Why hobbies are pure gold

Why hobbies are pure gold

Ever felt burned out? Sucked dry of ideas for your work?

My career path has taken many twists and turns over the years. And once or twice I’ve stumbled into the desert of depletion.

Perhaps you have too – or will do by the time you reach your Fifties and beyond without seeking to protect your creative mind as well as your body.

Ageing is a beautiful thing. Wisdom, patience and a strategic canniness for the long game are all strengths that come with career experience and maturity.

But get a creative hobby and you’ll develop superpowers that protect you from burnout, like invisible armour.

Why? Because you’ll develop anti-burnout skills and train your mind with regular, powerful exercises that create resilience, familiarise flow and immerse you in mindfulness exercises where you regularly step through fear and experience vulnerability. 

Want some of that?

But if you’re holding back because your first thought is ‘I can’t draw… I don’t have an artistic bone in my body, I’m not good enough to…’

You are missing the point.

It’s not about what you create. It’s about the process of creating. Think about that. It’s about the process. it’s not about the result, which you are already judging before you’ve even tried! It’s about the path to the result.

I come from a family where creativity is fully expressed.

My grandfather was a cooper – making wooden barrels from slats so tightly bound you could carry liquids without losing a drop. It was a craft that died in his lifetime  and so he completed his working days cutting aluminium but he made furniture for us while I was a child and he built me a magnificent dolls house. He also drew, specialising in roses.

My mother worked in a bank, mostly working on the tills and helping people better invest their savings. But her passion was creating clothes and occasionally her colleagues would pay her to whip up a vogue pattern creation. Even my English teacher had dresses by Barbara and she still creates  the occasional, but beautifully tailored jacket for herself, when the occasion calls her as she approaches her 80th year. She also paints and draws.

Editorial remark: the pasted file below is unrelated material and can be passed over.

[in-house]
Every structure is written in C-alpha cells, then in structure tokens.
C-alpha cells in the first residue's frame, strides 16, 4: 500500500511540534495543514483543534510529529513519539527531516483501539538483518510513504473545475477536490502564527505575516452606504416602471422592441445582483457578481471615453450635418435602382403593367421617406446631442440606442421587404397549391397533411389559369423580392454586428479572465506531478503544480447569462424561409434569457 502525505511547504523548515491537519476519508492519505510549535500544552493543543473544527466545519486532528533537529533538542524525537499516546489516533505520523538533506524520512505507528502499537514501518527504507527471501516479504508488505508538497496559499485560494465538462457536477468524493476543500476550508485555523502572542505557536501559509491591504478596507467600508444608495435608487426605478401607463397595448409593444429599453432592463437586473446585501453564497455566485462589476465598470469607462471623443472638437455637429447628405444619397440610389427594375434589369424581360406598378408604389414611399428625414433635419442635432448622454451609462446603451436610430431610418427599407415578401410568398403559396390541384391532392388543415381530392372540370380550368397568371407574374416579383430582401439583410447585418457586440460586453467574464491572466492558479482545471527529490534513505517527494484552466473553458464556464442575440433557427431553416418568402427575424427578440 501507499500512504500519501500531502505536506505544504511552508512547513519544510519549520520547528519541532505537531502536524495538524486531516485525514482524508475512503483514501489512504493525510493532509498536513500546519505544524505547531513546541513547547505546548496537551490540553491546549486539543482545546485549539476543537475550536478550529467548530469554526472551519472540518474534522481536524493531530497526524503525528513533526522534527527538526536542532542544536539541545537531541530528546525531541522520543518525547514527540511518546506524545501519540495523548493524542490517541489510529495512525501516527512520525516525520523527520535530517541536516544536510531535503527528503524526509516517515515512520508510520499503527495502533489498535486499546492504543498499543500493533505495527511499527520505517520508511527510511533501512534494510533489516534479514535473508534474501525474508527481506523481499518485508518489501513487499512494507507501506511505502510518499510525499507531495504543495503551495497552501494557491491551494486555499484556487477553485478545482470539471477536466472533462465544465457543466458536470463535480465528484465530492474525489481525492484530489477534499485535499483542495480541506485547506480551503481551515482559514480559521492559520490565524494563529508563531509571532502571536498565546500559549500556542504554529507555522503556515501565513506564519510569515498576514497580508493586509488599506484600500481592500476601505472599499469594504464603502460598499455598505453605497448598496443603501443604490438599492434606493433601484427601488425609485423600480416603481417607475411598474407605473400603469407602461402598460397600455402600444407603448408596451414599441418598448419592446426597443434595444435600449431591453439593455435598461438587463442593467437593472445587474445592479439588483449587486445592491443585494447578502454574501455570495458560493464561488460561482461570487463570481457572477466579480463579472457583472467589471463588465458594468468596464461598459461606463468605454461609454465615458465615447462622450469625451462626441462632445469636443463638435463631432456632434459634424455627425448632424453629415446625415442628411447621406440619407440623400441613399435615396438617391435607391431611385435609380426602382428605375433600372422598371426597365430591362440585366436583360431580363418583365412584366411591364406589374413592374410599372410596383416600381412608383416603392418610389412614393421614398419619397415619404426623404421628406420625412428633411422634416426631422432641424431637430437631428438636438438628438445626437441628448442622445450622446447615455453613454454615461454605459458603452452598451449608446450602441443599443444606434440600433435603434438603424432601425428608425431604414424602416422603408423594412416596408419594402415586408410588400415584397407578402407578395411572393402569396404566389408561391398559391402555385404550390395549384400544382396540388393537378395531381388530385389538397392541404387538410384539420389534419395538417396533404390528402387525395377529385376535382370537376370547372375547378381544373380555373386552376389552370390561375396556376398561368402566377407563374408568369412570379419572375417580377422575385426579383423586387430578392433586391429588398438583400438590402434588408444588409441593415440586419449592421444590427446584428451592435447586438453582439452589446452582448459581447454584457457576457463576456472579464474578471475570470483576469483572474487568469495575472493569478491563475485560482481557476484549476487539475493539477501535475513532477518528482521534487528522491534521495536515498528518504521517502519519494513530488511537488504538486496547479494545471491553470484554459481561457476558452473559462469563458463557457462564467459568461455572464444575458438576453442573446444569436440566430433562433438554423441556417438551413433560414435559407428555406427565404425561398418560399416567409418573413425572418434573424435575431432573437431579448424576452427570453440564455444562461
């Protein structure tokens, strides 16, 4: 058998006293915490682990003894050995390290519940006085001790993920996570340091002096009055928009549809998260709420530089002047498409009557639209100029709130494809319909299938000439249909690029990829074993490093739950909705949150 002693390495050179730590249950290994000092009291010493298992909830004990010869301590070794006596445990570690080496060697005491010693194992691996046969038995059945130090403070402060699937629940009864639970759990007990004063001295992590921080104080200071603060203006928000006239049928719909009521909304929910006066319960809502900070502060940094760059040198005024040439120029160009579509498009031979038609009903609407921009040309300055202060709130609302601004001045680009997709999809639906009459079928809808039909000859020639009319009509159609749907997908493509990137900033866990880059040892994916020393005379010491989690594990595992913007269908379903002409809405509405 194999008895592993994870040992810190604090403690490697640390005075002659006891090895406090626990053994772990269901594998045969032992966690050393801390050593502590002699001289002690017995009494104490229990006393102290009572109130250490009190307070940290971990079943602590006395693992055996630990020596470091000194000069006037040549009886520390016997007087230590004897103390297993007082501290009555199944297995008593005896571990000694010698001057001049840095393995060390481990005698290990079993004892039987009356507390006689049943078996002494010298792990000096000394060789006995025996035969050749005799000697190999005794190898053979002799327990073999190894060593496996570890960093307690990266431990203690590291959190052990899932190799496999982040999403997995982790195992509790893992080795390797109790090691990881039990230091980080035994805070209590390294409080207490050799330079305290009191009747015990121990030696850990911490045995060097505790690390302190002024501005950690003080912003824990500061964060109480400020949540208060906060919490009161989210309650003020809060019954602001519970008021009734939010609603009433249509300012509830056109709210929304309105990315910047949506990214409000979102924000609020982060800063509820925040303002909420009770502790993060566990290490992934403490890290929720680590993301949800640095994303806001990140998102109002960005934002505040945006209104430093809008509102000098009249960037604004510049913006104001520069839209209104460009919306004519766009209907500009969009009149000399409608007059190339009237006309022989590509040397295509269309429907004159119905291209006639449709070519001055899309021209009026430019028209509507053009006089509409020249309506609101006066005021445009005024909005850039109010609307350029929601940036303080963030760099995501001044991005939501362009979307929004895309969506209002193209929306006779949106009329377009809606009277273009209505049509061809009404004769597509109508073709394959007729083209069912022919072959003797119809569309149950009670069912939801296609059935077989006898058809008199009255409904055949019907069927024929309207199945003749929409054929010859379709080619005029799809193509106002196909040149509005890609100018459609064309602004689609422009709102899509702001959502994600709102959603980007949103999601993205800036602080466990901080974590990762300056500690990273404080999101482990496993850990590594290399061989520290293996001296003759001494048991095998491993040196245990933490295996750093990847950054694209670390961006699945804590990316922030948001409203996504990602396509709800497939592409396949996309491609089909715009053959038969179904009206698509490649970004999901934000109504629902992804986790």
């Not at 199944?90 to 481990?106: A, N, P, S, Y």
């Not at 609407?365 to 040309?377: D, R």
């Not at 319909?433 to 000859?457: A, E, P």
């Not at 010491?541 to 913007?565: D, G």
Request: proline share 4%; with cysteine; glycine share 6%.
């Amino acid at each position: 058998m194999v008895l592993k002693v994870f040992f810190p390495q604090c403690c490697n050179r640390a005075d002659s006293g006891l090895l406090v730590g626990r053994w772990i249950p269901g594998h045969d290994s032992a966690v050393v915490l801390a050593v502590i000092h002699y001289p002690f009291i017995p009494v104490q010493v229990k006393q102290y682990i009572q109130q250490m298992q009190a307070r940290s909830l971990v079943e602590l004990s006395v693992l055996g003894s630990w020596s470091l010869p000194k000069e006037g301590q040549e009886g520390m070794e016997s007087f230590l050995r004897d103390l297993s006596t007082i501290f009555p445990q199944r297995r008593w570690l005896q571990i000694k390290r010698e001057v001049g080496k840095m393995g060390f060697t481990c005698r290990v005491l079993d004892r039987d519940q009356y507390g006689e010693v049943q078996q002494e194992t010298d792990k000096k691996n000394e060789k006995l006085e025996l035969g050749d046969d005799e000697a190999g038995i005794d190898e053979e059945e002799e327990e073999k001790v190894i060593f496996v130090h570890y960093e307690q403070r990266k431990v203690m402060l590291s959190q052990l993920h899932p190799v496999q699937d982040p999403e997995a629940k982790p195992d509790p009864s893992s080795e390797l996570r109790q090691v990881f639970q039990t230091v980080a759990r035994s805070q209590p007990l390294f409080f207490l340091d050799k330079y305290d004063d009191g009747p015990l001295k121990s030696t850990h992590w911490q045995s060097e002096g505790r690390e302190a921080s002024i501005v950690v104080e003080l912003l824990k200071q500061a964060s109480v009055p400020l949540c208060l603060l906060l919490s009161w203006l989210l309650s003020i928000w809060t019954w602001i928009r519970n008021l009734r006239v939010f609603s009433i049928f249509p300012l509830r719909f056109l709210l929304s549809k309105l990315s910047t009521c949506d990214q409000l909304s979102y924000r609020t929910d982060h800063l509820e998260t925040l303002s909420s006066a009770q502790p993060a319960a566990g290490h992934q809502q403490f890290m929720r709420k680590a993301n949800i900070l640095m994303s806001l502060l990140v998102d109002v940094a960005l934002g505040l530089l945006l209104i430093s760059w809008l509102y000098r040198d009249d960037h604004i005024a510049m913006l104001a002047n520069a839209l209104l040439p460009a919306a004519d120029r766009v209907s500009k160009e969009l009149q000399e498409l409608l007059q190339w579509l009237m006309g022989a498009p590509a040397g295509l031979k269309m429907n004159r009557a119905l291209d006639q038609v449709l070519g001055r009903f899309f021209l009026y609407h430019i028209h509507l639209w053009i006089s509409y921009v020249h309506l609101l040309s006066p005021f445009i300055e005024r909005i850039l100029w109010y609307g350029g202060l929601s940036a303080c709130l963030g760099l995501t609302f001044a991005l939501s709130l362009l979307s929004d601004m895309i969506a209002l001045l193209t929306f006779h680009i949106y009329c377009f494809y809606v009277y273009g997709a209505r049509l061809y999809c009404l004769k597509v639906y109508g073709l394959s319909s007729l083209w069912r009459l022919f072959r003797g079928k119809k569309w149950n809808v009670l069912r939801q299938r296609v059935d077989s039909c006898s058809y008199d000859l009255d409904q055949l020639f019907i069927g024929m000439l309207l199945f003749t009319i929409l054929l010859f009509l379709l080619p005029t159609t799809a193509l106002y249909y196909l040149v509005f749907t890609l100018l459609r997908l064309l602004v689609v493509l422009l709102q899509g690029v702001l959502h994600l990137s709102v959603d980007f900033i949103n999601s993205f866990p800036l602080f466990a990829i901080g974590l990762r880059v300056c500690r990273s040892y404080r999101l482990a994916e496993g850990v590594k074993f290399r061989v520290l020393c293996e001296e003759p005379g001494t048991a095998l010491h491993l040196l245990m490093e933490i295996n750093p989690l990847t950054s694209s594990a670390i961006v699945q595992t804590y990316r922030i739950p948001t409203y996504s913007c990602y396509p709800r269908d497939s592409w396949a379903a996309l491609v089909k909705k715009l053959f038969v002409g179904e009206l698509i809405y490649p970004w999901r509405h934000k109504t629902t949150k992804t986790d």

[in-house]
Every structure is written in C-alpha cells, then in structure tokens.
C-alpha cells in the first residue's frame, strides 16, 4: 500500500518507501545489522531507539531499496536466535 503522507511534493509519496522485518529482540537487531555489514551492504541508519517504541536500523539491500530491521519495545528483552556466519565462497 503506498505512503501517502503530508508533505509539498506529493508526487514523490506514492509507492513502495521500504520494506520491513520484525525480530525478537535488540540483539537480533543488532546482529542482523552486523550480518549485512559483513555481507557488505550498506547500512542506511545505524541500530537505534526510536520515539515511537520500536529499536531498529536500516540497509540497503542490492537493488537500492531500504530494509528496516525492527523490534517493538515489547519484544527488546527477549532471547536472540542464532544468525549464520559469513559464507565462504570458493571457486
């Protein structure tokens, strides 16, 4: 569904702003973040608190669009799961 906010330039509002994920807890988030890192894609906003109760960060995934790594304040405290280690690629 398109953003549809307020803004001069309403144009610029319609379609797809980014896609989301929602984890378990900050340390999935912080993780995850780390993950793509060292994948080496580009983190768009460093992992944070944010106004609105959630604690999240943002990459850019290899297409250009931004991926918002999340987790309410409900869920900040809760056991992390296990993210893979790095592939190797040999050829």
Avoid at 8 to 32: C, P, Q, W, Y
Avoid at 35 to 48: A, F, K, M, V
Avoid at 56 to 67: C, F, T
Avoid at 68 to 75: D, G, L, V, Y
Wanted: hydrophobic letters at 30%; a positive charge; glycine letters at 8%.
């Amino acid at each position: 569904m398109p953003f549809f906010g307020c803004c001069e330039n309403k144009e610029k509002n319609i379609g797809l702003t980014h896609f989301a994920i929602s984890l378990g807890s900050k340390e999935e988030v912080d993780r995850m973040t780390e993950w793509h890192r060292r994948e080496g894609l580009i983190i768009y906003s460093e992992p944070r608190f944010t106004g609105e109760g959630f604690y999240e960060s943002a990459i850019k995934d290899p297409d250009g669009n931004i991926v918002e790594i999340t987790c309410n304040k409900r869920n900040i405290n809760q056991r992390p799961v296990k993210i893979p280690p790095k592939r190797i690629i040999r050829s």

I draw too. Unlike those two, I am not good at drawing. I did not somehow inherit their ‘talent’ but I know if I keep at it, I will get better. On Thursday nights I go to life drawing, a two hour battle with my attempts to recreate what I see on paper.

It is hard. And I mean like grandmaster chess hard. Drawing the human form makes your brain jump hoops like you can’t imagine. And then sketching to the clock – the drawing equivalent of speed chess! 

What it teaches you is to let go; let go of your perfectionism. Let go of fear. Let go of excuses. You jump and you jump fully, expecting to see something less than perfect at the end. And that is all part of the magic.

But there is more! Oh yes, hobbies are the gifts that keep on giving.

It’s been proven that a creative past time, that has NOTHING to do with your job, builds creative muscle and resilience. In these places bright sparks ignite, moments of ‘flow’ are experienced and they build and build and, with any luck, spill over into your working life too.

I love my creative non-work life so much I’ve taken up pottery. A passion from childhood. And I love that too. Mostly my creations have been exercises in the craft, although the odd pot has been a pleasant surprise. And now I’m learning to throw on the wheel, an extraordinary experience in using your hands as sensing, creative tools. The power of your touch. How you draw up the clay. A completely different way of ‘knowing’ and just try not being in the ‘Now’ when you’re drawing up clay.

But do not do what every entrepreneur suddenly gets the urge to do. Monetarise it. That, my dear reader, is the equivalent of cutting off the unicorn’s horn, cutting Aslan’s mane, biting the hand that is feeding you.

The well of creativity, the pool of beautiful, magical ideas lies in the space where you find time making. Not in the object itself.

It’s in the journey, not the destination. A bit like Life.

Photo by Kristopher Roller